Nearby areas

A Le Calvaire (map)

A bouldering problem with a crash pad at its base
№16 on the orange circuit

Le Calvaire is just a 10-15 minute hike from the north side of town. I plotted a course to the Croix du Calvaire, a scenic overlook above the town. There's a very short trail leading west from the cross to the beginnings of the orange and yellow circuits at the far east side of the area.

On my first day at Le Calvaire, I just meandered around climbing random yellow, orange, and (very occasionally) blue problems that looked interesting (and safe). I went back a second time a few days later with a topo on my phone and started going through the orange circuit in order.

The problems were mostly easy to find, although I skipped the out-of-the-way №13. The style of climbing changes dramatically after moving to Calvaire's northern wall at №15 — instead of standalone slabby boulders, there are ledges and even some vertical cracks. I ran out of time and energy around №18. Some of the problems were also substantially taller than what I'd seen earlier, e.g. №16 and №17.

B Mont Ussy (map)

Close-up photo of carved-looking rock
Close-up view of rock from №16

Mont Ussy was the second area that I visited, and it was also quite easy to walk to from the north side of town. To get there, I took a winding hiking trail up a moderate uphill slope. The trail that I took spit me out midway through the orange circuit, so I had to look around a bit before I found the boulder with the first two problems.

The circuit felt fairly maze-like: even with a topo, I still spent a fair amount of time searching for problems and tugging my crash pad through narrow passageways. There were many interesting problems, though, with more crimps and overhangs than at the other areas I visited. The rock was also particularly beautiful, having been worn down over the ages in some places to the point where it looked almost sculpted.

Photo of polished footholds
Easy-to-spot polished footholds

I was there on a Sunday and saw many groups out climbing, including a family or two, although I didn't need to wait to get on anything. The area's popularity was evident in other ways as well: in a number of places, obvious footholds had been polished to the point where they were unusable. This made some of the problems harder than their grades would suggest — all of the positive surfaces at the start would be slippery, leaving only vertical or even overhanging smears for my feet.

C Mont Aigu (map)

Boulder problem involving a chimney downclimb
Looking down from the start of №9 on the orange circuit

Mont Aigu is about a 35-minute walk from the west side of town. After crossing under the D607 road, I walked west along Route des Gorges de Franchard, a wide, sandy bike-and-pedestrian path that took me all the way to the start of the orange circuit.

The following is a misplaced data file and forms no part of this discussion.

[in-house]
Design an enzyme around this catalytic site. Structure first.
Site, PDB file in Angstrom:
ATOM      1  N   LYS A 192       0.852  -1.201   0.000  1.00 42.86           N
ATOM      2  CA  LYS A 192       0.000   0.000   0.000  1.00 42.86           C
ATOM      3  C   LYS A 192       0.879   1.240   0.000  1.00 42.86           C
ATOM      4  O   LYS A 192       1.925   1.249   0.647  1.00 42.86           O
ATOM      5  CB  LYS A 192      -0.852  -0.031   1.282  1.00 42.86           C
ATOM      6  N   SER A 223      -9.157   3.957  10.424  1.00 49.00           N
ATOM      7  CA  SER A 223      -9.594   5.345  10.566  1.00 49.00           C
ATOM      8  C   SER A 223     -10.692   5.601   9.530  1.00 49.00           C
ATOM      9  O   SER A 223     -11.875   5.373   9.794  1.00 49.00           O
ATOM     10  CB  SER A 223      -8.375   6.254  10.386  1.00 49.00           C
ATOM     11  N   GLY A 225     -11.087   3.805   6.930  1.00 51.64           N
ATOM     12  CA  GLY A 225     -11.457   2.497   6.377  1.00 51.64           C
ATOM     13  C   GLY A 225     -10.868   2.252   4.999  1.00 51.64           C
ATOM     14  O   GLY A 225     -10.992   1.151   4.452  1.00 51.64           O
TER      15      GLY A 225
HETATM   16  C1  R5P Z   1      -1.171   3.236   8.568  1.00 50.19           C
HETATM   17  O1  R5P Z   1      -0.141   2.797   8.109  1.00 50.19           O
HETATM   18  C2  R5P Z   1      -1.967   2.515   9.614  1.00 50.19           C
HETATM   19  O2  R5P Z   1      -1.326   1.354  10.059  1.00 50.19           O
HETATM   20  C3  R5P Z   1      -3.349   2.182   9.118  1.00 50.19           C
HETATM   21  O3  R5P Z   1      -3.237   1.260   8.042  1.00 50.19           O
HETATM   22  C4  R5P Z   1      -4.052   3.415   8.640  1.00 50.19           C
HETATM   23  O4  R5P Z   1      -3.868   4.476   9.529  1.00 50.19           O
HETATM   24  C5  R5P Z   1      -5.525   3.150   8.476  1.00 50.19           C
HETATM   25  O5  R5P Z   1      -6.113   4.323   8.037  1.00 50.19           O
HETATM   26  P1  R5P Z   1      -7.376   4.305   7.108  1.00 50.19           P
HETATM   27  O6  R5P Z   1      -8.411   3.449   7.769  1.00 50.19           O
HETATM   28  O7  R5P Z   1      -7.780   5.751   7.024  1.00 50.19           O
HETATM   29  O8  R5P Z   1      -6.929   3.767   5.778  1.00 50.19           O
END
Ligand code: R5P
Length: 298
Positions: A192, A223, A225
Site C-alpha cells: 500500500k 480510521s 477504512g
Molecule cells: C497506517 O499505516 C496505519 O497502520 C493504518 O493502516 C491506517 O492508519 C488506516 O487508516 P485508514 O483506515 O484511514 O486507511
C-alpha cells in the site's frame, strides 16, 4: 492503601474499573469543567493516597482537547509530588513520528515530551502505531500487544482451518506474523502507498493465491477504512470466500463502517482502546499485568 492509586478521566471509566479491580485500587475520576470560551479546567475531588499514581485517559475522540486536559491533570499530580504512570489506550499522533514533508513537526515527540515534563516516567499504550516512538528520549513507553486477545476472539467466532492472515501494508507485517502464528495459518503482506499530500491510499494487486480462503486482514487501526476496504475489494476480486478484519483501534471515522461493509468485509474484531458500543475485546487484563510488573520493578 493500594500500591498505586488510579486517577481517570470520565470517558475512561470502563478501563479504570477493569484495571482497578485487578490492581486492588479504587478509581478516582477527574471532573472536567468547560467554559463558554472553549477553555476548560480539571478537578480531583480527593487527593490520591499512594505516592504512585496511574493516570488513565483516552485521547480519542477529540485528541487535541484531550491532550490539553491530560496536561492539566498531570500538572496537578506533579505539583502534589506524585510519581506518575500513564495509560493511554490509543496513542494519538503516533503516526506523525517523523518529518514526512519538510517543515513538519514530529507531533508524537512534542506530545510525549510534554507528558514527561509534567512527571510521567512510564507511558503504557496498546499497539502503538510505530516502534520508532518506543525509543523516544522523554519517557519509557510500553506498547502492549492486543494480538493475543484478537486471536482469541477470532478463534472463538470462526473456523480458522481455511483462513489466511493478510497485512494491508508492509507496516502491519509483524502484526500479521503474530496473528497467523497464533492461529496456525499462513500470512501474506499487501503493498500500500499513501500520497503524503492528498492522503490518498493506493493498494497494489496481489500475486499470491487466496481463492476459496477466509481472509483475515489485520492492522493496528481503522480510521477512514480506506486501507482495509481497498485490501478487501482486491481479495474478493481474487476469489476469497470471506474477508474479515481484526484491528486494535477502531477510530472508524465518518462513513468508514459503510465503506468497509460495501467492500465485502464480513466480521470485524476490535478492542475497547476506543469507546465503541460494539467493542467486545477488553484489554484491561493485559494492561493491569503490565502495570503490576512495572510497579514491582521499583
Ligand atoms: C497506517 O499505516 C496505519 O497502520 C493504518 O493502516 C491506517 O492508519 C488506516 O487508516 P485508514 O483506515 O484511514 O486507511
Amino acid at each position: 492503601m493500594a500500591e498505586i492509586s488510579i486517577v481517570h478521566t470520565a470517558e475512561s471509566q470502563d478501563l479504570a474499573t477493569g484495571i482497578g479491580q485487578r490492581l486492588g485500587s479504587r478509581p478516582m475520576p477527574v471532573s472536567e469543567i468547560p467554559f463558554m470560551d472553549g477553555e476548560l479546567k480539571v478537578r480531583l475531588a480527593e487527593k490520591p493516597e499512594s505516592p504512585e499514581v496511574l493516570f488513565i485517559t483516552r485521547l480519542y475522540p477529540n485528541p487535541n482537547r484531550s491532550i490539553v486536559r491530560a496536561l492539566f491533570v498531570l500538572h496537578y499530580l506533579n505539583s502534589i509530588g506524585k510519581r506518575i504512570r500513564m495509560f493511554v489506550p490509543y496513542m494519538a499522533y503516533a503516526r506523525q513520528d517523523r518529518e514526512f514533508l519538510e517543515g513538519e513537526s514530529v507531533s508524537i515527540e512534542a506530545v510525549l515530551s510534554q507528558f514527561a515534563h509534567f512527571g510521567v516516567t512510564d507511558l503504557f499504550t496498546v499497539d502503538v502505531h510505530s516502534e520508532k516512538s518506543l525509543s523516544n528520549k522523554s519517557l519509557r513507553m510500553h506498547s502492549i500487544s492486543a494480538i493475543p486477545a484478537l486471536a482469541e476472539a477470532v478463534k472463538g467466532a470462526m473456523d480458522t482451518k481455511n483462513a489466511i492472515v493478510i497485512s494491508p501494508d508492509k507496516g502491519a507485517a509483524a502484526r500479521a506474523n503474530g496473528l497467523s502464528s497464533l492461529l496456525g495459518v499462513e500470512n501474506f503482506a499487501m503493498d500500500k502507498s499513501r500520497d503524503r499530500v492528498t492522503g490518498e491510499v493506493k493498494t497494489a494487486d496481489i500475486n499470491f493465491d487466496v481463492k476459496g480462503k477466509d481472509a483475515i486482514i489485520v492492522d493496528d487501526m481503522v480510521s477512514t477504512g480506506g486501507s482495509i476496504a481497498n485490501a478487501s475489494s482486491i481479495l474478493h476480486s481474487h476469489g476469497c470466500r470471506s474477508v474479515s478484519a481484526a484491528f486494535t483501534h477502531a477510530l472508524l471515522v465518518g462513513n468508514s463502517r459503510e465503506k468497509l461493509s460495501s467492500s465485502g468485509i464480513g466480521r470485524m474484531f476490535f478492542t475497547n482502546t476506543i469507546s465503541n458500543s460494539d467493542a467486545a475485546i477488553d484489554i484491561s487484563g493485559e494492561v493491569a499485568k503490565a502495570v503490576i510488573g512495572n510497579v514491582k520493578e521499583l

I went there on a weekday and didn't see anyone else in the first hour or two. The rock was a bit more polished in places than Le Calvaire, but still far more pleasant to climb on than Mont Ussy. In 3-4 hours, I went through most of №1-№24, just half of the orange circuit. The prevailing style was similar to what I'd seen elsewhere (slabs and slopers) but with a bit of variety, most notably a chimney downclimb on №9. Having a topo came in handy again in some places.

D Rocher d'Avon (map)

View from the top of a slab boulder problem
Looking down from the top of №22

Rocher d'Avon is just south of town. To get there, I cut south through the chateau's Jardin Anglais, scampered across the D606 road, and then followed Rte de Cheyssac (another pleasant pedestrian/cyclist/equestrian path) east for 15 or 20 minutes before turning south onto the smaller Rte de la Percée. As soon as I saw boulders to my left, I was at the beginning of the orange circuit.

This area was also quite empty on the weekday when I went — in three or four hours, I only saw a couple out running and a pair of climbers. The rock was quite grippy here, which was fortunate since nearly every problem in the orange circuit is a slab. Following the circuit was generally straightforward with the exception of №7, which I spent some time hunting for before noticing a note from December 2019: “a tree fell on the boulder, making it inaccessible”. I made it through all of the numbered problems in the time I was there, with the exception of a few unprotectable slabs where a slip would've had me falling onto rock. I found some of my top-outs to be quite awkward and graceless due to the lack of discernible handholds at the tops of some of the boulders.

Cold winter traverse

The topo that I used from the circuit page also included a few orange problems denoted by letters rather than numbers (M, N, O, and P). The most interesting of the ones that I found was a left-to-right traverse across a boulder that had been carved to commemorate the very cold 1879-1880 European winter.